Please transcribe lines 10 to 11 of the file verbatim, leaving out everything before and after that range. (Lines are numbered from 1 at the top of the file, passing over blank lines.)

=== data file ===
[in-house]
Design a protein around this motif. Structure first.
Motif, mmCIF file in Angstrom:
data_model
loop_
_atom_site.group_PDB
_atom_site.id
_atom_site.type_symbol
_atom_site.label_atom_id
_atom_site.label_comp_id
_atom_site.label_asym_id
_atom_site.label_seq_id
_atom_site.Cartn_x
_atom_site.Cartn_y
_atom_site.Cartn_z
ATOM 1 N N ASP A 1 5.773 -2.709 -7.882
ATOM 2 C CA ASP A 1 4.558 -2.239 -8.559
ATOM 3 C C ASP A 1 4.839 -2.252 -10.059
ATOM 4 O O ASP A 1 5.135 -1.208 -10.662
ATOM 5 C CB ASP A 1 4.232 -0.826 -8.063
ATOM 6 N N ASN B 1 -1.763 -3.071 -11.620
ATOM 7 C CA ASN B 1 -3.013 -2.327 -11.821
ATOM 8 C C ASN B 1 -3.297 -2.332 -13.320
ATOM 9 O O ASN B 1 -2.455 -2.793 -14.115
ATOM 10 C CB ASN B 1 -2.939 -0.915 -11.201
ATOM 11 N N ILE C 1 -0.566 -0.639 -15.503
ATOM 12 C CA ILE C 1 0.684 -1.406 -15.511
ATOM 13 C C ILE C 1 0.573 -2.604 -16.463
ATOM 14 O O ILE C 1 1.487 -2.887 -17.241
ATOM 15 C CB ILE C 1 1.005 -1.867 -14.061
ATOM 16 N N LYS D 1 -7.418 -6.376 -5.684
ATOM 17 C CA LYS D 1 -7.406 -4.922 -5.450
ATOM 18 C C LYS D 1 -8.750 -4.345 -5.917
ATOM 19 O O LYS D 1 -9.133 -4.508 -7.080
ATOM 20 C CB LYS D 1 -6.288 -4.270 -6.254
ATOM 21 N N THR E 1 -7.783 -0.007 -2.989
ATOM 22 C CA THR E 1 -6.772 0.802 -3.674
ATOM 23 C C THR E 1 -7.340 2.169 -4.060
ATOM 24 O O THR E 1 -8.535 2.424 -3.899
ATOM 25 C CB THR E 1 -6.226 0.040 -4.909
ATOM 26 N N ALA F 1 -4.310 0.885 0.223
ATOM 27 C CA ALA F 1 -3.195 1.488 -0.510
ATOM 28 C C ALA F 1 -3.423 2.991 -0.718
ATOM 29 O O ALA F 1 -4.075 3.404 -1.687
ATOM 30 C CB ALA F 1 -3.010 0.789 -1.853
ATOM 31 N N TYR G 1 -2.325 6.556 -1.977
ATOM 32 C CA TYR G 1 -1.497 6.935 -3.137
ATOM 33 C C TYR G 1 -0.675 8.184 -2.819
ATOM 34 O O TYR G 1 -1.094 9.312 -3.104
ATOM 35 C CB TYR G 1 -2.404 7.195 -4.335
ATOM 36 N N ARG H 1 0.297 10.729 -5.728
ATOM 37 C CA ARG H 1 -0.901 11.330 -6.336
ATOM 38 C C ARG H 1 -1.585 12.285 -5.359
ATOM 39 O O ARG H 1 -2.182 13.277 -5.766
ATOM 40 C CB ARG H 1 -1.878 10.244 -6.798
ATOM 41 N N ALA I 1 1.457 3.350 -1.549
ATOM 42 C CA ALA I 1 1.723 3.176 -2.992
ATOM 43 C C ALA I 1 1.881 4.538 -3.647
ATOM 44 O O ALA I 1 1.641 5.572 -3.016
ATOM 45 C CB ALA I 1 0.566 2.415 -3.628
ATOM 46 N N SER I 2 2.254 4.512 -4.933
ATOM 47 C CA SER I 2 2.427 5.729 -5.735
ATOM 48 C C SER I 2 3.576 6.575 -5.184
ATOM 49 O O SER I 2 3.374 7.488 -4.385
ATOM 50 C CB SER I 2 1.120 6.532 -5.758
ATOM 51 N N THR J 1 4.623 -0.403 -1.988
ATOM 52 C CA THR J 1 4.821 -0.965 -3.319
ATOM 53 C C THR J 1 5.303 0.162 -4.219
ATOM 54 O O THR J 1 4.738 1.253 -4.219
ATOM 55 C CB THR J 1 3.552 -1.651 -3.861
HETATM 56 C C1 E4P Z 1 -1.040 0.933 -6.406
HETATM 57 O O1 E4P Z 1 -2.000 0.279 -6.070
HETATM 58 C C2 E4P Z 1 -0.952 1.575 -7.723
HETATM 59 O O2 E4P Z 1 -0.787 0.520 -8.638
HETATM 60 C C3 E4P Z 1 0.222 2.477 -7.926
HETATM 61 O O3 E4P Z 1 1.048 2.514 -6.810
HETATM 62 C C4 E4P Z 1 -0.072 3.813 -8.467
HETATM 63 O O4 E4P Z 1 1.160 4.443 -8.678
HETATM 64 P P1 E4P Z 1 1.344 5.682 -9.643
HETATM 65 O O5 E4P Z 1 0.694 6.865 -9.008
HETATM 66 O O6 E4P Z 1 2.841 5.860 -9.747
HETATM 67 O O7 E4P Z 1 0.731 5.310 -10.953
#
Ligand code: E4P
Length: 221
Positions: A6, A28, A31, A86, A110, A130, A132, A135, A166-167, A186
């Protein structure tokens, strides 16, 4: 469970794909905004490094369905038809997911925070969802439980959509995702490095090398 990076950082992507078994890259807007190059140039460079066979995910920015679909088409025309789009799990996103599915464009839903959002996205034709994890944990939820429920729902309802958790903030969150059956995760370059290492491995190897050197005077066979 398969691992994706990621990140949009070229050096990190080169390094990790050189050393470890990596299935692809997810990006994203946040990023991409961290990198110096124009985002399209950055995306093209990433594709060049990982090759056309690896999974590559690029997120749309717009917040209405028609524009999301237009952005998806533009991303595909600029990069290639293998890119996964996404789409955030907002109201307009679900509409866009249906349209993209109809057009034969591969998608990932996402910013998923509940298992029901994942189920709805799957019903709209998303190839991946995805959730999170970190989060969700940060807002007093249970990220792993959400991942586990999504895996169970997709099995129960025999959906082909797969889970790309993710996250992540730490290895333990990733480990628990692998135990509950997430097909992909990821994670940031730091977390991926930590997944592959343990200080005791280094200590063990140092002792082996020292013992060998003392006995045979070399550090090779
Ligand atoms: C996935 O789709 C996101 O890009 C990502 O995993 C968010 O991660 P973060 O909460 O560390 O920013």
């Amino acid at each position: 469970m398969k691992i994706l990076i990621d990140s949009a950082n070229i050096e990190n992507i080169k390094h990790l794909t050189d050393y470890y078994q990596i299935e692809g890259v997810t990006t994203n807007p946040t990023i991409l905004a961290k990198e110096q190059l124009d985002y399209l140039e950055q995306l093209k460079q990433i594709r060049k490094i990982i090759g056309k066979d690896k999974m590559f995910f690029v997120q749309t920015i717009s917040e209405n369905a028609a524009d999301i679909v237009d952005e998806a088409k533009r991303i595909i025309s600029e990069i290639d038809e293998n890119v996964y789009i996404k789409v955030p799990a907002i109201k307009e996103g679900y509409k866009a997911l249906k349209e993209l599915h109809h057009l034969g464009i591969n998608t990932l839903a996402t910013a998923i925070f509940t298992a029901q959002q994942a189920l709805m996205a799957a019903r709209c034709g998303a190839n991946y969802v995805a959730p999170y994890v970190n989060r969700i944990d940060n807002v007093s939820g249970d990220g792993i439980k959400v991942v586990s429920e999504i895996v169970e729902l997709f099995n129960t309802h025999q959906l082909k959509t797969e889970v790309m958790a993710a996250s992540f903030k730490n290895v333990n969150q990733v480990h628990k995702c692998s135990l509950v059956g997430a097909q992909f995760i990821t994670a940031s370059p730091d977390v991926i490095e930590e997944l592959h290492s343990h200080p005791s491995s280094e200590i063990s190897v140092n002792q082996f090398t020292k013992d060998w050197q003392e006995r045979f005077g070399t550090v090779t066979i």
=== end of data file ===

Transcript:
_atom_site.label_comp_id
_atom_site.label_asym_id